Martin was something of a reluctant leader at first. He feared that he would take on too much for one person to handle and often related to others that he had been "suddenly catapulted into the leadership of the bus protest." "Everything happened so quickly," he said, "that I had no time to think through the implication of such leadership. . . . I neither started the protest nor suggested it," he admitted. "I simply responded to the call of the people for a spokesman." Having been asked to serve, however, he couldn't say no. "[So] we started our struggle together."

Naturally tentative at first, he followed the lead of others, worked in groups, and made no major policy decisions without the input and approval of other leaders in the MIA. Because he had not sought the point—and even hesitated at accepting it—Martin may have been the best possible leader for the movement to have had under the circumstances. To paraphrase Plato: "Only those who do not seek power are qualified to hold it." At that moment in time, the people of Montgomery involved in the bus boycott may have needed a leader whom they could trust to listen—one who rode with them—more than they needed someone who would simply tell them what to do.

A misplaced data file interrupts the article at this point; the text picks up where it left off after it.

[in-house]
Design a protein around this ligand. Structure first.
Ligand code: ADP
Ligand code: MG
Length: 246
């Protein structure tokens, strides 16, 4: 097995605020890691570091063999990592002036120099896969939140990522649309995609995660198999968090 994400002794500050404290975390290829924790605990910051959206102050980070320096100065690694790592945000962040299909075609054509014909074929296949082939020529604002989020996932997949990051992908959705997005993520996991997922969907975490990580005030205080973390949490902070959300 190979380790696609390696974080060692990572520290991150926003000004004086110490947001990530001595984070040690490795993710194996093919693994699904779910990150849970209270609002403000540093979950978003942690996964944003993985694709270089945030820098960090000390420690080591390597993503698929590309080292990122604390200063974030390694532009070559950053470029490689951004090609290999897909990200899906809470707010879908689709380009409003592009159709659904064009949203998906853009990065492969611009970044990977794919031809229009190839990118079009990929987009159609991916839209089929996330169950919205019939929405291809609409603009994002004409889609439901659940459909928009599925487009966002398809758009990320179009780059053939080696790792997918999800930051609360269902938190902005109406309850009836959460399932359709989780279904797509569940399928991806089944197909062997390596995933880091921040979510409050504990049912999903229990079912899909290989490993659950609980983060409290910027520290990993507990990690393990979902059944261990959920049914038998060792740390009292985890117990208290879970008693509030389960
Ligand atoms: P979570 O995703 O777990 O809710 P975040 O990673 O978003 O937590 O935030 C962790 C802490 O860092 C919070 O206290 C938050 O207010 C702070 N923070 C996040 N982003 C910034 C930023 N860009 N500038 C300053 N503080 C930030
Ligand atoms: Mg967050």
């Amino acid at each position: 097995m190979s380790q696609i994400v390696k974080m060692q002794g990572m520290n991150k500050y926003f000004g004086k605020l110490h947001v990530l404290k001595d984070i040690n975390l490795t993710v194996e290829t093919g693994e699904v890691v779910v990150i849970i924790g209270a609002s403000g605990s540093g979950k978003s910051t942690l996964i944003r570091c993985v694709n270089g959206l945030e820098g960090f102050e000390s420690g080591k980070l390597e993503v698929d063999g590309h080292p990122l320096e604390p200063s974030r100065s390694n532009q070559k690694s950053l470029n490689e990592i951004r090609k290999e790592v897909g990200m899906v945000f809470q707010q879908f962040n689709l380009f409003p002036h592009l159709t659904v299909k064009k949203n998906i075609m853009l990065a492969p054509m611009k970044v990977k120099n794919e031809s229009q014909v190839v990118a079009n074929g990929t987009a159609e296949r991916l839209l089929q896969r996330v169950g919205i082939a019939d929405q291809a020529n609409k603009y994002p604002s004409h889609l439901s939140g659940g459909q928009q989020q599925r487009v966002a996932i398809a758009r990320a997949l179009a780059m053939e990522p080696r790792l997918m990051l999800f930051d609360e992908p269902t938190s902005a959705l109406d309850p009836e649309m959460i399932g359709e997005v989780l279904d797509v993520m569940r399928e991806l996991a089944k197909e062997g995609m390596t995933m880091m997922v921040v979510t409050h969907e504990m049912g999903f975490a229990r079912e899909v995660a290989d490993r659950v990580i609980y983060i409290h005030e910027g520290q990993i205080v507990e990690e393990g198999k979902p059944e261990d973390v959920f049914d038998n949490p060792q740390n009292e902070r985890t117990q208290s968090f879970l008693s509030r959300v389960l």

While it's true that the people chose him to lead because, among other things, he had no known agenda, he had a high rate of energy, he was perceived as someone who would try to do the right thing, and he could communicate effectively—Martin, by his own admission, was "unprepared for the role." "This is not the life I expected to lead. But gradually you take some responsibility, then a little more. . . . You have to give yourself entirely. Then once you make up your mind that you are giving yourself, you are prepared to do anything that serves that Cause and advances the Movement. I have reached that point. I have given myself fully."

Early on in the Montgomery movement, Martin was gauging the wishes of the vast majority of people—following their lead. Essentially he was listening. And in doing so, he was gaining greater and greater trust from people as the months went by.